United States General Accounting Office GAO Testimony Before the Subcommittee on Workforce Protections Committee on Education and the Workforce House of Representatives For Release on Delivery Expected at 10:00 a.m., EST RECENT GAO REPORTS ON Tuesday Sept. 30, 1997 THE FEDERAL EMPLOYEES’ COMPENSATION ACT Michael Brostek Associate Director, Federal Management and Workforce Issues General Government Division GAO/T-GGD-97-187 Summary Recent GAO Reports on the Federal Employees’ Compensation Act The federal government’s workers’ compensation program is authorized under the Federal Employees’ Compensation Act (FECA). This program, which is administered by the Department of Labor, provides employees suffering from work-related injuries and occupational diseases with various types of benefits, depending on the nature and extent of the injury and their ability to return to work. In recent years, GAO has issued reports on three subjects that are being addressed in today’s FECA oversight hearings: (1) recovery of “continuation of pay” (COP) benefits in third-party cases, (2) selected comparisons of FECA provisions with provisions of other workers’ compensation laws, and (3) issues associated with changing benefits for older FECA beneficiaries. In a June 1995 report, GAO recommended that FECA be amended to allow the government to obtain refunds of COP benefits when injured employees recover damages from liable third parties. Injured employees are to continue to receive their regular pay for up to 45 days when they are absent from work for traumatic injuries. Because of interpretations of FECA by the Employees’ Compensation Appeals Board and a federal court, the government no longer has a legal basis to obtain refunds of injured employees’ COP benefits in third-party injury cases. In effect, these employees receive a double recovery of income for their first 45 days of absence from work due to injury. GAO’s April 1996 report compared FECA provisions with those of other workers’ compensation laws and identified three principal ways in which benefits under FECA could be greater than those under other workers’ compensation laws. First, although the formula for calculating benefits under FECA was similar to most other laws, FECA’s authorized maximum weekly benefit amount was greater. Second, unlike most states, FECA provides claimants with a spouse or a dependent with an additional benefit of 8-1/3 percent of salary. Finally, under other workers’ compensation laws, employees must be out of work for a 3- to 7-day waiting period before they can receive wage-loss benefits. Under FECA, the 3-day waiting period is preceded by a period of 45 days in which employees with traumatic injuries continue to receive their regular pay. GAO’s August 1996 report provided information on (1) selected characteristics of individuals on FECA’s long-term rolls, 2) views of proponents and opponents of changing FECA benefits for older beneficiaries, and (3) questions and issues that Congress might consider if crafting benefit changes. Of the $1.28 billion in compensation benefits paid Page 1 GAO/T-GGD-97-187 Summary Recent GAO Reports on the Federal Employees’ Compensation Act in 1995, about $611 million was paid to beneficiaries on the long-term rolls who were age 55 and older. Page 2 GAO/T-GGD-97-187 Statement Recent GAO Reports on the Federal Employees’ Compensation Act Dear Mr. Chairman and Members of the Committee: I am pleased to be here today at this Federal Employees’ Compensation Act (FECA) oversight hearing to discuss three reports we have completed in the last few years. These reports address (1) the recovery of continuation of pay (COP) benefits in cases where third-parties were liable for injuries, (2) selected comparisons of FECA provisions with provisions of other federal and state workers’ compensation laws, and (3) issues associated with changing benefits for older FECA beneficiaries. In the recovery of COP report, we recommended that Congress redefine COP to preclude injured employees from, in effect, receiving double recoveries by obtaining both COP benefits from the government and damages from third parties who were responsible for their work-related injuries. In the comparisons’ report, we identified and compared the more significant FECA benefit provisions with the provisions of other federal and state workers’ compensation laws. In our report on issues associated with changing FECA benefits for older beneficiaries, we identified the views of proponents and opponents of change and issues that we believe would merit consideration by anyone crafting legislation to change workers’ compensation benefits for older beneficiaries. FECA was enacted in 1916 to provide federal employees with workers’ Background compensation coverage for injuries and diseases sustained while performing their duties. One of the principal reasons for establishing workers’ compensation programs was to provide adequate benefits to injured workers while at the same time limiting employers’ liabilities strictly to workers’ compensation payments. Payments were to be prompt and predetermined to relieve employees and employers of uncertainty over the outcome of court cases and to eliminate wasteful litigation. Benefits authorized by FECA include payments for (1) loss of wages for an employee who cannot work because of a work-related disability, (2) occupational diseases, (3) schedule awards for loss of, or loss of use of, a body part or function, (4) vocational rehabilitation, (5) death benefits for survivors, (6) burial allowances, and (7) medical care for injured workers. According to Labor’s Office of Workers’ Compensation Programs (OWCP), in fiscal year 1996, OWCP used the equivalent of 902 full-time staff in administering FECA. In addition, the agencies for whom injured employees Page 3 GAO/T-GGD-97-187 Statement Recent GAO Reports on the Federal Employees’ Compensation Act worked also used their staff to assist OWCP in managing claims. In fiscal year 1996, about 175,000 workers’ compensation cases were created and 20,400 wage-loss claims were filed. For many employees whose injuries were not serious, the only FECA benefits that were paid were those that covered medical expenses. In June 1995, we reported to Senators Joseph I. Lieberman and Thad Recovery of COP Cochran on additional refunds that the government could obtain in Benefits in third-party cases if FECA were amended to change the definition of COP.1 Third-Party Cases Under FECA, federal agencies are authorized to continue paying their employees regular salaries for up to 45 days when they are absent from work due to work-related traumatic injuries. Benefits paid for these 45 days are called COP benefits. In the case of some injuries, federal employees can receive damages from third parties who are liable for the injury that caused them to be absent from work. Common injuries for which third parties might be liable include dog bites and automobile accidents. Because of interpretations of FECA by the Employees’ Compensation Appeals Board (ECAB) and a federal court, the federal government no longer has a legal basis to obtain refunds of COP benefits paid to injured employees when they recover damages from third parties who are liable for their on-the-job injuries. As a result, employees can receive regular salary payments (i.e., COP) from their employing agencies and reimbursement from third parties—in effect, a double recovery of income for the first 45 days that they are absent from work due to injury. In contrast, employees may not receive double recoveries for medical expenses or for wage-loss compensation benefits after the 45-day COP period has expired because FECA provides that the government can recoup funds for these payments from employees receiving third-party recoveries. In a June 1985 decision, ECAB held that OWCP could not recover COP benefits when employees receive damages from responsible third parties, even though employees could in effect obtain double recoveries for work-related injuries. ECAB stated that FECA specifically provided that COP was not compensation, and FECA only required refunds of compensation benefits in third-party cases.2 In August 1985, the U.S. Court of Appeals for 1 Federal Employees’ Compensation Act: Redefining Continuation of Pay Could Result in Additional Refunds to the Government (GAO/GGD-95-135, June 8, 1995). 2 Paul L. Dion, 36 ECAB 656 (1985). Page 4 GAO/T-GGD-97-187 Statement Recent GAO Reports on the Federal Employees’ Compensation Act the Ninth Circuit held that FECA established the government’s exclusive remedy for reimbursement from any damages that federal employees might recover from third parties and that no common law remedy, such as equitable subrogation,3 was available.4 After ECAB’s and the Court of Appeals’ decisions on COP benefits, federal employees who had previously refunded COP benefits to the government filed three class action suits to compel the government to repay these benefits. These lawsuits were either litigated or settled in favor of the employees. According to a Labor official, the lawsuits provided for the government to return over $5 million to claimants who had previously refunded COP benefits to the government. To preclude employees from, in effect, receiving double recoveries and to help reduce the costs to the federal government of employees’ work-related injuries caused by third parties, we recommended that Congress amend FECA to expressly provide for refunds of amounts paid as COP when employees receive third-party recoveries. Subsection (e) of 5 U.S.C. 8118 of FECA could be amended to provide that COP shall not be considered compensation “except for the purpose of refunds to the United States from third-person recoveries pursuant to section 8132 of this title.” Additionally, to ensure that refunds of COP benefits are returned to the employing agency that paid them, section 8132 could be amended to provide that amounts refunded shall be credited to the Employees’ Compensation Fund “except for continuation of pay under section 8118 of this title, which shall be credited to the employing agency that paid it.” We estimated the government could recover from $1 to $2 million per year if FECA was amended to change the definition of COP to allow the government to obtain refunds of COP benefits in third-party cases. We also estimated that the Postal Service would realize about 70 percent of these recoveries. 3 Equitable subrogation is a legal theory, developed in common law courts, which allows one person to acquire the rights of another person to bring a claim against a third party. 4 Janakes v. U.S. Postal Service, 768 F.2d 1091 (9th Cir. 1985). Page 5 GAO/T-GGD-97-187 Statement Recent GAO Reports on the Federal Employees’ Compensation Act In April 1996, we issued another report on FECA to Senators Cochran and Selected Comparisons Lieberman.5 In this report, we compared monetary and other significant of Federal and State benefits authorized by FECA with those authorized under the Longshore Workers’ and Harbor Workers’ Compensation Act (the Longshore Act) and state workers’ compensation laws. Compensation Laws In general, FECA provided the same types of benefits to injured federal workers as those provided to injured workers covered under other federal and state workers’ compensation laws. The principal workers’ compensation benefits paid under all of these laws were for wage loss and medical care. We identified three principal ways in which FECA benefits differed from those of other workers’ compensation laws. In each of these cases, benefits available under FECA could be greater than those under the other workers’ compensation laws. First, although the formula for calculating benefits under FECA was similar to the formulas of most other laws (66-2/3 percent of salary), FECA’s authorized maximum weekly benefit amount was greater. Under FECA, in 1995 the maximum weekly compensation benefit could not exceed $1,274 (75 percent of the maximum base pay of a GS-15, step 10 employee). The maximum weekly benefit under the Longshore Act was $761. State maximums ranged from $253 to $817. According to OWCP, as of September 30, 1995, less than 1 percent of the beneficiaries on the long-term compensation rolls6 actually received compensation benefits based on the authorized maximum benefit amount. Second, FECA provides claimants who have a spouse and/or dependent with an additional benefit of 8-1/3 percent of salary. While seven states authorized additional dependent benefits, increased benefits are generally for a fixed amount ranging from $5 to $10 per week for a spouse and/or each child. Increased benefits for dependents are generally provided only when authorized maximum benefit levels are not exceeded. The Longshore Act and workers’ compensation laws of the other 43 states and the District of Columbia do not provide increased compensation benefits for injured workers with dependents. Finally, FECA provides eligible federal workers who suffer traumatic injuries with COP benefits for a period not to exceed 45 days. These are the 5 Workers’ Compensation: Selected Comparisons of Federal and State Laws (GAO/GGD-96-76, Apr. 3, 1996). 6 Injured workers on the long-term (or periodic) rolls are those with permanent disabilities or with injuries that have lasted or are expected to last for prolonged periods (over 1 year). Page 6 GAO/T-GGD-97-187 Statement Recent GAO Reports on the Federal Employees’ Compensation Act COP benefits discussed earlier. After the 45th day, there is a 3-day waiting period before wage-loss benefits begin. Under the Longshore Act and all state workers’ compensation laws, injured workers do not receive COP benefits but can receive wage-loss benefits after they are absent from work for a 3- to 7-day waiting period. If these workers continue to be absent from work for specified periods of time, ranging from 5 to 42 days, they are generally eligible for benefits retroactive to the date of injury. In cases where employees are not eligible for retroactive wage-loss benefits, some employers may provide their employees with salary continuation benefits or may allow them to receive paid sick leave or other types of leave for days absent from work. Other differences and similarities exist between FECA and states’ workers’ compensation laws. However, in cases where there are differences, they do not appear to be as significant as those mentioned above. Examples of these differences and similarities are described as follows: • Because FECA’s maximum authorized benefit amount exceeded those of the other workers’ compensation programs, income replacement rates for higher-paid federal employees could exceed 100 percent. For example, a married federal employee living in Virginia earning $60,000 annually who is injured on the job would be eligible to receive nontaxable FECA benefits of $45,000. For income replacement rate comparison purposes, this employee’s take-home pay7 would be $43,407 ($60,000 less deductions for (1) FERS benefits ($5,070), (2) state income taxes ($2,813), and (3) federal income taxes ($8,710). The income replacement rate (FECA benefits divided by take-home pay) in this case would be nearly 104 percent. • For some injured federal workers, schedule awards for the permanent loss, or loss of use, of specific body parts could be higher than the awards under other workers’ compensation programs because of the higher maximum weekly benefit amount authorized by FECA. • In 1995, the maximum burial allowance authorized under FECA was $800. This benefit was lower than all but one state’s maximum burial allowance. • Under FECA and in 25 states, injured employees may choose their physicians. In other states, employees or their employers may select physicians from state workers’ compensation agency approved lists of physicians. 7 Actual take-home pay could be different. Page 7 GAO/T-GGD-97-187 Statement Recent GAO Reports on the Federal Employees’ Compensation Act In August 1996, we reported to the Chairmen of the House and Senate Issues Associated Appropriations Committees,8 on possible changes to FECA benefits for With Changing beneficiaries who are at or beyond retirement age. Our briefing report on Compensation this issue provided (1) a profile of beneficiaries on the long-term FECA rolls, (2) views of proponents and opponents of changing FECA benefits for Benefits for Older older beneficiaries, and (3) questions and issues that Congress might Beneficiaries consider if crafting benefit changes. Older FECA beneficiaries make up a high percentage of cases on the long-term rolls and account for a substantial portion of the FECA benefits paid for long-term compensation. Sixty percent of the approximately 44,000 long-term beneficiaries receiving compensation benefits in June 1995 were 55 years of age or older; 37 percent were age 65 or older. Of the $1.28 billion in compensation benefits paid in 1995, $947 million went to long-term beneficiaries—those who would most likely be affected by a change in benefits for older beneficiaries. About $611 million (64 percent) of the compensation benefits paid to these beneficiaries went to those age 55 and over. The specific number of older beneficiaries that could be affected if changes in workers’ compensation benefits were made is not known because actual retirement eligibility information is not readily available from FECA records. For our August 1996 report, we identified widely divergent views that were held by proponents and opponents of changing benefits for older FECA beneficiaries. Among the views held by proponents of change were that “lifetime” wage/salary replacement under FECA is too generous because it does not reflect the normal progression to lower income that typically occurs with retirement. Proponents also saw the government’s FECA cost as being too high, thus putting a strain on agencies’ program budgets. Opponents of change, in contrast, believed that benefits that replace wages lost because of a work-related injury are justified because these benefits have traditionally been considered substitutes for tort action under the workers’ compensation approach for compensating for work-related injuries. Under the workers’ compensation approach, employers are generally liable for complete medical coverage and the replacement of a substantial portion of injured employees’ wages, regardless of fault. Employees, in exchange for guaranteed benefits, give up their rights to sue for recovery of damages based on employers’ 8 Federal Employees’ Compensation Act: Issues Associated With Changing Benefits for Older Beneficiaries (GAO/GGD-96-138BR, Aug. 14, 1996). Page 8 GAO/T-GGD-97-187 Statement Recent GAO Reports on the Federal Employees’ Compensation Act negligence. Employees also give up their rights to recover damages from the employer for pain and suffering. The opponents of change also said that reducing benefits for older beneficiaries could be considered age discrimination, and reductions could cause beneficiaries economic hardships. To the extent that opponents would agree that FECA is costly, they believed that other cost-saving measures may be more appropriate, such as keeping employees off the rolls by implementing better safety programs to prevent injuries and by more effectively returning injured employees to productive employment. Lastly, we identified the following questions and associated issues that we believe would merit consideration by anyone crafting legislation to change wage compensation benefits for older beneficiaries: • What type of changed benefits would be provided? Converting beneficiaries from FECA to retirement benefits or providing beneficiaries with a FECA annuity are the two main options proposed in the past. One proposal for a FECA annuity would reduce FECA benefits by one-third when beneficiaries were 2 years beyond their retirement eligibility date. • How would benefits be computed? Converting from FECA to retirement benefits might involve adjustments to retirement benefits based on factors such as credit for time on FECA rolls and increases in an employee’s salary base since the time of injury. Calculating a separate FECA annuity would be relatively simple. • Which FECA beneficiaries would be affected? That is, would change affect all beneficiaries, including those who do not participate in a federal retirement plan (e.g., Peace Corps volunteers)? Would change only affect workers injured after the effective date of change or would it also affect beneficiaries who are currently receiving compensation benefits? • What criteria would initiate changed benefits? Would age or retirement eligibility alone trigger the change, or would secondary criteria need to be considered to protect some employees from economic adversity? • How would other benefits be treated? The administration of benefits, such as medical benefits and survivor annuities, may need clarification. • How would benefits be funded? If beneficiaries were converted from FECA to retirement benefits, alternatives for funding these benefits may have to be developed. Page 9 GAO/T-GGD-97-187 Statement Recent GAO Reports on the Federal Employees’ Compensation Act Mr. Chairman, this completes my statement. 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Recent GAO Reports on the Federal Employees' Compensation Act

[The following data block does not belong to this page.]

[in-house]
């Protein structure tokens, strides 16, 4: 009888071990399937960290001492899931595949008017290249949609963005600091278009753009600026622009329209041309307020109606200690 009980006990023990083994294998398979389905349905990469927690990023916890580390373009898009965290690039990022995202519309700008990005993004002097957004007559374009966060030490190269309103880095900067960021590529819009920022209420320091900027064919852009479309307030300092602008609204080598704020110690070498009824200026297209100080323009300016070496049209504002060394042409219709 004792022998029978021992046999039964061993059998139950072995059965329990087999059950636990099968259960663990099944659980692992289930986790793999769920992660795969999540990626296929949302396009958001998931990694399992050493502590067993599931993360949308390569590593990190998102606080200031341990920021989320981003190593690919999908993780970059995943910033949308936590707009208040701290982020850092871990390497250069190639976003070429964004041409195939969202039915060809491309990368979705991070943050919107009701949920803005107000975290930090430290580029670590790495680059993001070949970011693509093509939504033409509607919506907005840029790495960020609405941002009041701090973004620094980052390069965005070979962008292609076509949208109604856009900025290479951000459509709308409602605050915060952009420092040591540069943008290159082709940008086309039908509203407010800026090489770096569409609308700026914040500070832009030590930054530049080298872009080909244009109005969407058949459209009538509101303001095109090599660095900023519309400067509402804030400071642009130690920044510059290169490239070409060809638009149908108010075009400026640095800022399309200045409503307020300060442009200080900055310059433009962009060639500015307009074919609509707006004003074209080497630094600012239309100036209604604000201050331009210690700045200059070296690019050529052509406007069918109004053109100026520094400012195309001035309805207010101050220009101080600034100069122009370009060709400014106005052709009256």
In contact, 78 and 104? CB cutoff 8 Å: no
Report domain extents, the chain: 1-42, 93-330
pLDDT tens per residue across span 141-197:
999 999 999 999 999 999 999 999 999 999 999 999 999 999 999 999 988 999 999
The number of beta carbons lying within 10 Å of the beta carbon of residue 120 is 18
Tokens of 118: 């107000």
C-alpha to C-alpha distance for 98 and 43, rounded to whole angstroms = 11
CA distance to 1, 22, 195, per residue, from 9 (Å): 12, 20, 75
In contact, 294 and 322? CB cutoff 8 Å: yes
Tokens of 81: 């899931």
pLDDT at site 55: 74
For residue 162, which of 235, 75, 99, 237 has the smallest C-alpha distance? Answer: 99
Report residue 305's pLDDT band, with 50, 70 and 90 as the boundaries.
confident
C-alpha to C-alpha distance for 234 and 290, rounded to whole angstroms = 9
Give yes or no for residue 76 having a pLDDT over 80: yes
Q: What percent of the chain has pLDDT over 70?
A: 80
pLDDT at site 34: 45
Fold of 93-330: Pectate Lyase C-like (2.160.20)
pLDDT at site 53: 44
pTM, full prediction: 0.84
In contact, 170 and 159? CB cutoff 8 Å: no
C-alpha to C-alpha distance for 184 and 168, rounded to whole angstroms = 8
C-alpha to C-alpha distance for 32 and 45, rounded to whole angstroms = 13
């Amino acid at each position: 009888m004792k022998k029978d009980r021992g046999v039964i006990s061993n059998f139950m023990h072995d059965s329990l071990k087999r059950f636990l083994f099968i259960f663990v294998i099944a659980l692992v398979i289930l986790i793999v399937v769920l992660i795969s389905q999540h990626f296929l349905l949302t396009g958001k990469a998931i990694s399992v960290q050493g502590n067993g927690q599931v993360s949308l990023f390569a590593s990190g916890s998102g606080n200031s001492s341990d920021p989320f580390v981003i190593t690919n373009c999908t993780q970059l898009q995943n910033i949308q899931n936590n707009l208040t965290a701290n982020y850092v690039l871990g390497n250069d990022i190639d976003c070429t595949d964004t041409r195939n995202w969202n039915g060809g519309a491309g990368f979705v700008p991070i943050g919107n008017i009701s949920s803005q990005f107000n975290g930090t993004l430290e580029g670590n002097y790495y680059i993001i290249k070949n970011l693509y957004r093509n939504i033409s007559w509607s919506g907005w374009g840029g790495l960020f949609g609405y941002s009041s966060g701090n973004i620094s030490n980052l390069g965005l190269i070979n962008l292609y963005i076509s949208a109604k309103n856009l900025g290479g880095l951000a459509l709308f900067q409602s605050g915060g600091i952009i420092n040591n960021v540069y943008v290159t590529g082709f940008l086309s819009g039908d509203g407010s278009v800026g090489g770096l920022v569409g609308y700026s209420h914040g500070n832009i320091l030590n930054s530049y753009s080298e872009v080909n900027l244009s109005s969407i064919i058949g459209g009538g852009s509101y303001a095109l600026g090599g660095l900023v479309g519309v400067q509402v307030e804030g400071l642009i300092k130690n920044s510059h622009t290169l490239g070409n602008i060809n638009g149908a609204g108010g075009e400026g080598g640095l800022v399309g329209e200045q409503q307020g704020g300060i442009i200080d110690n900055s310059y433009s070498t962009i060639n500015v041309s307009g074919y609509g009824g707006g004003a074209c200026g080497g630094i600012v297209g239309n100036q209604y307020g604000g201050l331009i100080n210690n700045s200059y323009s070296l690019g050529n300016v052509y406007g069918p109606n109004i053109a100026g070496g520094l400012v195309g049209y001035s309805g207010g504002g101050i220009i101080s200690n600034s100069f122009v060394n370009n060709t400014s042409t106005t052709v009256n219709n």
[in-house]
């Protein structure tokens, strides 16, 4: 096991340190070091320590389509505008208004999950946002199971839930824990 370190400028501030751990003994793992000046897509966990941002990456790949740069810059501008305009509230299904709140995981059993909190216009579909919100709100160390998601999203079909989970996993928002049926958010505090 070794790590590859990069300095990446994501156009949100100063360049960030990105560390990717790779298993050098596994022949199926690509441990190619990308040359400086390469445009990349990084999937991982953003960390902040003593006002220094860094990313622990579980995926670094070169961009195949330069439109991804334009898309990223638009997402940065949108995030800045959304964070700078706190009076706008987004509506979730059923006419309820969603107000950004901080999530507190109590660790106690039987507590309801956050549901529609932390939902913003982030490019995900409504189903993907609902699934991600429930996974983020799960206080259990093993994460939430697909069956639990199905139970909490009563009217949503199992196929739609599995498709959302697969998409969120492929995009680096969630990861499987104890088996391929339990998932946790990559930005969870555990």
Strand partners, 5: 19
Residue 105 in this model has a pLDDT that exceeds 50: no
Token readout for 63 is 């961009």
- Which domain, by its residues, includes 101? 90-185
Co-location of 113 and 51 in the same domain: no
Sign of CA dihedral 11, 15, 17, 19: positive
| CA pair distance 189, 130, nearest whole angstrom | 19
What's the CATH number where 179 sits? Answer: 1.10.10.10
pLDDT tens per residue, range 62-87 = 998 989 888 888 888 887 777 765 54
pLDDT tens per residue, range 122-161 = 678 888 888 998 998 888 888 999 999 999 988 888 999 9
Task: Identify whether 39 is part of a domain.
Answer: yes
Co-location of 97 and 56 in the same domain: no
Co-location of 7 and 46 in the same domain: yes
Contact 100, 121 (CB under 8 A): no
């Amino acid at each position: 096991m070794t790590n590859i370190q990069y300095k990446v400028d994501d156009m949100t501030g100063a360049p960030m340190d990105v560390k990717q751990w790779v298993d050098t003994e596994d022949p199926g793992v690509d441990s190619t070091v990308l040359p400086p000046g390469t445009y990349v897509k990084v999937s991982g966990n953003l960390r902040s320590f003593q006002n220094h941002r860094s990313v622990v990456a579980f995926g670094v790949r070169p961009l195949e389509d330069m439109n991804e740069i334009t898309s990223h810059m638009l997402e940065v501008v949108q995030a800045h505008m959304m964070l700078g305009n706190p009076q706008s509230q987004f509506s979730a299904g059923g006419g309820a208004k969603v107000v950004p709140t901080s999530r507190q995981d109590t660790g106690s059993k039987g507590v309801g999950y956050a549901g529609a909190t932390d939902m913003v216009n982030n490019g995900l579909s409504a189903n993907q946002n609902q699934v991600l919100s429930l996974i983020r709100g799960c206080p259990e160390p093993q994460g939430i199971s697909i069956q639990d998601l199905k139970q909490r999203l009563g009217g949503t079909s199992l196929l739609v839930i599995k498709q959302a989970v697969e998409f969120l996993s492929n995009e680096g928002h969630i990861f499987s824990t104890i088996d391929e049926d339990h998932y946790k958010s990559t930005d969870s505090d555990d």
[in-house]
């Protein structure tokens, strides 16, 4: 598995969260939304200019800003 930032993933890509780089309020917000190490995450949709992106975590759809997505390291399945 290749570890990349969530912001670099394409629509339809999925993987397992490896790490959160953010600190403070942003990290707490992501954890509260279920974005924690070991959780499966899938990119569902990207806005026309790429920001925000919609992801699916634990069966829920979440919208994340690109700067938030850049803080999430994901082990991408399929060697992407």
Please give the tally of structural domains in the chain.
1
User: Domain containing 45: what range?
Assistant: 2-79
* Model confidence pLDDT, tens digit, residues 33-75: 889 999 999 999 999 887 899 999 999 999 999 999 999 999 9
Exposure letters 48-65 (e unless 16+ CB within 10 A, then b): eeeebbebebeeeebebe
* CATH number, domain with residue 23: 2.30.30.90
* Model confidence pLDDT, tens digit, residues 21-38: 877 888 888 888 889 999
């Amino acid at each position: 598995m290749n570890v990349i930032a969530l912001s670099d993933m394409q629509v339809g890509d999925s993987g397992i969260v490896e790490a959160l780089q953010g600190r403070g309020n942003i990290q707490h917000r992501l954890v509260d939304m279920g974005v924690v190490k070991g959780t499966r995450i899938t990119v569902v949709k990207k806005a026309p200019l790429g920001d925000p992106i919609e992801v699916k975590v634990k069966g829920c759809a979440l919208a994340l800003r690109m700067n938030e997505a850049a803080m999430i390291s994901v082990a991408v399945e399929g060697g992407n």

Published by the Government Accountability Office on 1997-09-30.
Below is a raw (and likely hideous) rendition of the original report. (PDF)